Now in its 10th and final year, the Game Design Challenge here at GDC is a competition that pits gaming's most innovative minds against each other to come up with a game based upon a particular theme or concept — and this year developer Jason Rohrer won for creating a game that he hopes people won't play for over 2,000 years. Put together by designer Eric Zimmerman, the theme of this year's contest was "Humanity's Final Game," a concept that could be interpreted in any way the participants saw fit — and the results were compelling and hilarious.Read Article >
Luminaries like Steve Meretzky and Will Wright were among the six contestants, but it was Rohrer who won for A Game For Someone. "I wanted to make a game that is not for right now," he said. "A game that is for the future." As for when, he chose 2,000 years in the future, which immediately took things like modern computer games off the table. Without knowing if the game's eventual player would be alien, human, or something else — nor what technology they would have access to — creating a physical game became essential.
Anita Sarkeesian recently released the first episode of "Tropes vs. Women in Video Games," a web series critiquing "damsels in distress" and other stereotypes. But its success on Kickstarter and now YouTube has come at a heavy price: not long after launching the Kickstarter, she became the target of an uncommonly focused and vitriolic backlash from people who took her website offline, flooded the internet with obscene or violent photoshops of her, and repeatedly threatened to kill or rape her. Almost a year later, she's had to scrub almost her entire personal online presence, and she continues to receive threats from angry trolls. In a talk at GDC, Sarkeesian outlined why her opponents succeeded as much as they did — and how to help diminish their impact.Read Article >
Sarkeesian's "cybermob," as she calls it, wasn't representative of normal online experience, but its starkness illuminated how internet harassment works. "People don't believe women when they say they're being harassed," she says. "Part of documenting and sharing was to say 'No, it really is that bad.'" And unlike plenty of other cases, which end up mired in questions of whether or not the victim acted appropriately, all Sarkeesian wanted was a few thousand dollars to make a video series.
"The word 'Newtown' is something we need to be thinking about and having conversations about."Read Article >
It's a jarring moment at GDC 2013's Narrative Summit, where writers gather to swap tips on everything from creating relatable characters to finding freelance work. Debates over gaming violence have been particularly active in the past year: a blood-soaked set of E3 2012 presentations left even fans of shooters uncomfortable, and the killings in Newtown, Connecticut led the NRA to blame Mortal Kombat and Bulletstorm while gamers discussed the implications of fictional violence. Last month, auteur David Cage told the industry to "grow up" and wean itself off shooting and platforming: "If the character doesn't hold a gun, designers don't even know what to do."
Mar 28, 2013
The portable Android gaming console GameStick proved to be a hit when it reached its $10,000 Kickstarter goal in just two days — and here at GDC 2013 PlayJam is showing off the the developer version that will be shortly shipping out to some early backers. In concept, the GameStick is similar to the Ouya: it's a gaming console powered by Android, complete with its own proprietary gaming store. But while the Ouya focused on creating a stylish box of its own, the hook with the GameStick is portability. The guts of the console are a stick roughly the size of a USB thumb drive that plugs into the HDMI port on your television — and slots back into the GameStick controller itself if you'd like to take it to your friend's house.Read Article >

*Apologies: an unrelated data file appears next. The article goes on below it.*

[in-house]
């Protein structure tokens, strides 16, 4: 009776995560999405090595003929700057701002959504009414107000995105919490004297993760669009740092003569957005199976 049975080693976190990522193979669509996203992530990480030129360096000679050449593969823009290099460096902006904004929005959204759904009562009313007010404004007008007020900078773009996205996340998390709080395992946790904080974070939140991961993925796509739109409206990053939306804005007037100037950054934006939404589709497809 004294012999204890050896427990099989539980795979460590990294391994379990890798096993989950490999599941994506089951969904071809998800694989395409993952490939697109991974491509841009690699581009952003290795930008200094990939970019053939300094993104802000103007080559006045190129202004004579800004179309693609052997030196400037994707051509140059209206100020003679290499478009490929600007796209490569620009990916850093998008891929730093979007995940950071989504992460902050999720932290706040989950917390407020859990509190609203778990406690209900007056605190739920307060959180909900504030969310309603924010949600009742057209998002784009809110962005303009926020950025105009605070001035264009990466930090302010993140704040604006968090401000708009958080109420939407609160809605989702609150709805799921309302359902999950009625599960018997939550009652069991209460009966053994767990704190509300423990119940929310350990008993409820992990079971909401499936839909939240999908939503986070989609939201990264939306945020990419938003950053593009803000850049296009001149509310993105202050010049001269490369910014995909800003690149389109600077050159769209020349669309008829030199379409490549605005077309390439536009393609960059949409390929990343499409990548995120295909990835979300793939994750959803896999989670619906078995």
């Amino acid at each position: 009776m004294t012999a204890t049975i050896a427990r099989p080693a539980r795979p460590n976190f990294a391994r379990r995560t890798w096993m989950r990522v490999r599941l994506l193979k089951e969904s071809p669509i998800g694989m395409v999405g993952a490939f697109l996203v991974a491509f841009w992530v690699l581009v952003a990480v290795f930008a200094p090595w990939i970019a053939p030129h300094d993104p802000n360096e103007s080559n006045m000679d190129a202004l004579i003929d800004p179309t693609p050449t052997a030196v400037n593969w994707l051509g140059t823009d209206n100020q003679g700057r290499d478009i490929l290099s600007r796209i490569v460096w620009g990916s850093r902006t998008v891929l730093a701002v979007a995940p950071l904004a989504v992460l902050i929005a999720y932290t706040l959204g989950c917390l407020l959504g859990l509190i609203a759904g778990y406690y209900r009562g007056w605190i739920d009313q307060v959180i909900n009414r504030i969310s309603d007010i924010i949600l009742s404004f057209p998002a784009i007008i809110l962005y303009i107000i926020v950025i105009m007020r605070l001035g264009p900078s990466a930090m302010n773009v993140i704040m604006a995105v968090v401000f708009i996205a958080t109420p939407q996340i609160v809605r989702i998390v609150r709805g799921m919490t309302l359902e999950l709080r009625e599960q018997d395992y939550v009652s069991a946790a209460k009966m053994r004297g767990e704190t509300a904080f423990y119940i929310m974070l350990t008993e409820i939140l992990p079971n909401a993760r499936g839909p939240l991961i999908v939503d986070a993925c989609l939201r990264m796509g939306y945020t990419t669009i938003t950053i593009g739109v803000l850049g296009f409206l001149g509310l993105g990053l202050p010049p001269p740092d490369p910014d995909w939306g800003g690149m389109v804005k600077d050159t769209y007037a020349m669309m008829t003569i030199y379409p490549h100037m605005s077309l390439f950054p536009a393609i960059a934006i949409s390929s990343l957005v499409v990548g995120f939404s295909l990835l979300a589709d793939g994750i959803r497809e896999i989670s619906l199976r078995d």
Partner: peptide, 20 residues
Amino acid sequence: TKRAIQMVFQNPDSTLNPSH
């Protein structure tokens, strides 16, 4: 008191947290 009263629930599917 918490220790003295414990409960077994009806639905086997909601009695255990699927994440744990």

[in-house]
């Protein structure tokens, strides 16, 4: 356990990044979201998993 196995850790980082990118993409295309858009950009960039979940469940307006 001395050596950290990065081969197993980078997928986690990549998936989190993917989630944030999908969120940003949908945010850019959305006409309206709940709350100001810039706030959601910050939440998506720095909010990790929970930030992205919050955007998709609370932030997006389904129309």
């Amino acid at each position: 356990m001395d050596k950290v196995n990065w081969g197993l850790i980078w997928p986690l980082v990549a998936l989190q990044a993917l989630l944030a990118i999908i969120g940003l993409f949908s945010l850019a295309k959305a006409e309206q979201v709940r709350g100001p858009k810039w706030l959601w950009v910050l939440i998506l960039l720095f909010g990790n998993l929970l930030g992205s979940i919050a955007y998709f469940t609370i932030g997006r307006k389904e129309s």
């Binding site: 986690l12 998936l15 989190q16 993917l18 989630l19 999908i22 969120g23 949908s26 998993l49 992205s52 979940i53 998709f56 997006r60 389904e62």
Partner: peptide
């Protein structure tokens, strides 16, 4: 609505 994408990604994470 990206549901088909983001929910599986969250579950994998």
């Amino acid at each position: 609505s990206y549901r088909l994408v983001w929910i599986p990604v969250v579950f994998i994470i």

PlayJam showed off two versions of the GameStick at an event this evening: a dummy mock-up of the final version, which was helpful in terms of gauging aesthetics but had no moving parts whatsoever, and the developer kit units. The controller for the latter is a mix of happy surprises and somewhat questionable choices. On one hand, the buttons are nice and clicky — though we would have liked more throw in the shoulder buttons — and the analog sticks felt snappy. Considering the choices the company is having to make to meet the final product's $79 price point, it's a solid combo. While an odd choice at first glance, the squared-off shape is charming — it actually brought back memories of the original Nintendo Entertainment System controller — but it's also quite large, making it a little awkward to hold. While some aspects of the final controller could shift, the size does appear to be final.
Mar 28, 2013
NASA remotely controls Athlete rover with Leap Motion: 'let's bring a billion human beings into a holodeck'
"Just for you guys today we're going to do something special, something that's never been done before" said Victor Luo, NASA human interface engineer. "We're going to drive this robot, on stage at GDC, with a Leap Motion device."Read Article >
In an unexpected demonstration at the 2013 Game Developers Conference in San Francisco, scientists from NASA used the Leap Motion to control a six-legged, one-ton Athlete rover located at the space agency's Jet Propulsion Lab in Pasadena, California. Using his hands in front of a Vaio laptop on stage, Luo raised one of the Athlete's legs as the crowd at the Moscone Center watched along via a live Google+ Hangout. And while this demonstration was impressive in its own right, NASA's ambitions reach much further than the 383 miles to Pasadena.
Mar 27, 2013